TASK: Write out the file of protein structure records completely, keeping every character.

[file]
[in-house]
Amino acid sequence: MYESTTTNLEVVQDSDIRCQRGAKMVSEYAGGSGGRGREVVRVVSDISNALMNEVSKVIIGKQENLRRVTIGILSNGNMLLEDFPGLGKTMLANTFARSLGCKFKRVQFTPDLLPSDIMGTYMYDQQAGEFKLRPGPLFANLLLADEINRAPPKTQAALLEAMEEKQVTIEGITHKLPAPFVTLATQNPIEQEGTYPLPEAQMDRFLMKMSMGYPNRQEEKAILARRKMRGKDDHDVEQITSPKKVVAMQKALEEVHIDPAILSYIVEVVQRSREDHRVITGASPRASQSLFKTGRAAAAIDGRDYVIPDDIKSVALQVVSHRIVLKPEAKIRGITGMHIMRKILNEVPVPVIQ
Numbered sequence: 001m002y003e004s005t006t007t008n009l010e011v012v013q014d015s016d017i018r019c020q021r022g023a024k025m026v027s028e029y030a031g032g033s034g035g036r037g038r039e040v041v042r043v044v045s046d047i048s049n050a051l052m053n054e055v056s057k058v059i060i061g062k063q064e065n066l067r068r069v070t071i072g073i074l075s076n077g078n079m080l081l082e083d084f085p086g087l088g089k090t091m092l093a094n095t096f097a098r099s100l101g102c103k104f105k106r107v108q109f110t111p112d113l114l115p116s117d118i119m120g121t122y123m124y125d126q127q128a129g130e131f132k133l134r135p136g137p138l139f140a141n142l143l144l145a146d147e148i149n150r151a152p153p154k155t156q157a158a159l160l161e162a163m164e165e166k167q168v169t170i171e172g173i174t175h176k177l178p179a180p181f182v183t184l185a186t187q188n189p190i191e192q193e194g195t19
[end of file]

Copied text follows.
[in-house]
Amino acid sequence: MYESTTTNLEVVQDSDIRCQRGAKMVSEYAGGSGGRGREVVRVVSDISNALMNEVSKVIIGKQENLRRVTIGILSNGNMLLEDFPGLGKTMLANTFARSLGCKFKRVQFTPDLLPSDIMGTYMYDQQAGEFKLRPGPLFANLLLADEINRAPPKTQAALLEAMEEKQVTIEGITHKLPAPFVTLATQNPIEQEGTYPLPEAQMDRFLMKMSMGYPNRQEEKAILARRKMRGKDDHDVEQITSPKKVVAMQKALEEVHIDPAILSYIVEVVQRSREDHRVITGASPRASQSLFKTGRAAAAIDGRDYVIPDDIKSVALQVVSHRIVLKPEAKIRGITGMHIMRKILNEVPVPVIQ
Numbered sequence: 001m002y003e004s005t006t007t008n009l010e011v012v013q014d015s016d017i018r019c020q021r022g023a024k025m026v027s028e029y030a031g032g033s034g035g036r037g038r039e040v041v042r043v044v045s046d047i048s049n050a051l052m053n054e055v056s057k058v059i060i061g062k063q064e065n066l067r068r069v070t071i072g073i074l075s076n077g078n079m080l081l082e083d084f085p086g087l088g089k090t091m092l093a094n095t096f097a098r099s100l101g102c103k104f105k106r107v108q109f110t111p112d113l114l115p116s117d118i119m120g121t122y123m124y125d126q127q128a129g130e131f132k133l134r135p136g137p138l139f140a141n142l143l144l145a146d147e148i149n150r151a152p153p154k155t156q157a158a159l160l161e162a163m164e165e166k167q168v169t170i171e172g173i174t175h176k177l178p179a180p181f182v183t184l185a186t187q188n189p190i191e192q193e194g195t19